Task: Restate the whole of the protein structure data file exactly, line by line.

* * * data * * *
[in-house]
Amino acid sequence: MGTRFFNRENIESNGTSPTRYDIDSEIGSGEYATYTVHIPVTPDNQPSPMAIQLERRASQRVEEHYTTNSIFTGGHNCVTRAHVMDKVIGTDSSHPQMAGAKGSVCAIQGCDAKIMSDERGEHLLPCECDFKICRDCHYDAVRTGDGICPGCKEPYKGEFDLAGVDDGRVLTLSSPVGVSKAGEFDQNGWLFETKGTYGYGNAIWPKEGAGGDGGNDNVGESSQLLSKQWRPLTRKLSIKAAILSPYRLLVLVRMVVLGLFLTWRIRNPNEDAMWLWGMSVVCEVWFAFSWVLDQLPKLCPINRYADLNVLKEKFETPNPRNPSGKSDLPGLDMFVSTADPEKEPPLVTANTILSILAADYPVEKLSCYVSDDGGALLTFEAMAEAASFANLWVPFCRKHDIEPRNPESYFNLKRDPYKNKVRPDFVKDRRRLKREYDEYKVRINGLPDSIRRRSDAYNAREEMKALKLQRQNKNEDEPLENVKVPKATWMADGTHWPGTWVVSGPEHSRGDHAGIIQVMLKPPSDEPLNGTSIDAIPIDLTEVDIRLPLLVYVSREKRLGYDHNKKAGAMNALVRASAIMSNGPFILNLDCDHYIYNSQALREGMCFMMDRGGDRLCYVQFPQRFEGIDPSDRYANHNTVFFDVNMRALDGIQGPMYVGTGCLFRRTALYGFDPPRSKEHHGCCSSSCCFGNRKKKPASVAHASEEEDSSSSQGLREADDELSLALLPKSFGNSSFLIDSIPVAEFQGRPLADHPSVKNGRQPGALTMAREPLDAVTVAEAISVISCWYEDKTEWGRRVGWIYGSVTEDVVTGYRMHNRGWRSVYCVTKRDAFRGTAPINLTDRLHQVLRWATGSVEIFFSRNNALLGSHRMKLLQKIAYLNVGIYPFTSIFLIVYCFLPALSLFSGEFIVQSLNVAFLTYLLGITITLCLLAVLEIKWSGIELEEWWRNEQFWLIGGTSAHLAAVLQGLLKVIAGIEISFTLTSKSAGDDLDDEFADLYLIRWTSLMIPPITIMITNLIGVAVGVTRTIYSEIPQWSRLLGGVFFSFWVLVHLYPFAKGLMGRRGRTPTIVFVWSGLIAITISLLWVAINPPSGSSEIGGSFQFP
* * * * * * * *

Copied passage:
[in-house]
Amino acid sequence: MGTRFFNRENIESNGTSPTRYDIDSEIGSGEYATYTVHIPVTPDNQPSPMAIQLERRASQRVEEHYTTNSIFTGGHNCVTRAHVMDKVIGTDSSHPQMAGAKGSVCAIQGCDAKIMSDERGEHLLPCECDFKICRDCHYDAVRTGDGICPGCKEPYKGEFDLAGVDDGRVLTLSSPVGVSKAGEFDQNGWLFETKGTYGYGNAIWPKEGAGGDGGNDNVGESSQLLSKQWRPLTRKLSIKAAILSPYRLLVLVRMVVLGLFLTWRIRNPNEDAMWLWGMSVVCEVWFAFSWVLDQLPKLCPINRYADLNVLKEKFETPNPRNPSGKSDLPGLDMFVSTADPEKEPPLVTANTILSILAADYPVEKLSCYVSDDGGALLTFEAMAEAASFANLWVPFCRKHDIEPRNPESYFNLKRDPYKNKVRPDFVKDRRRLKREYDEYKVRINGLPDSIRRRSDAYNAREEMKALKLQRQNKNEDEPLENVKVPKATWMADGTHWPGTWVVSGPEHSRGDHAGIIQVMLKPPSDEPLNGTSIDAIPIDLTEVDIRLPLLVYVSREKRLGYDHNKKAGAMNALVRASAIMSNGPFILNLDCDHYIYNSQALREGMCFMMDRGGDRLCYVQFPQRFEGIDPSDRYANHNTVFFDVNMRALDGIQGPMYVGTGCLFRRTALYGFDPPRSKEHHGCCSSSCCFGNRKKKPASVAHASEEEDSSSSQGLREADDELSLALLPKSFGNSSFLIDSIPVAEFQGRPLADHPSVKNGRQPGALTMAREPLDAVTVAEAISVISCWYEDKTEWGRRVGWIYGSVTEDVVTGYRMHNRGWRSVYCVTKRDAFRGTAPINLTDRLHQVLRWATGSVEIFFSRNNALLGSHRMKLLQKIAYLNVGIYPFTSIFLIVYCFLPALSLFSGEFIVQSLNVAFLTYLLGITITLCLLAVLEIKWSGIELEEWWRNEQFWLIGGTSAHLAAVLQGLLKVIAGIEISFTLTSKSAGDDLDDEFADLYLIRWTSLMIPPITIMITNLIGVAVGVTRTIYSEIPQWSRLLGGVFFSFWVLVHLYPFAKGLMGRRGRTPTIVFVWSGLIAITISLLWVAINPPSGSSEIGGSFQFP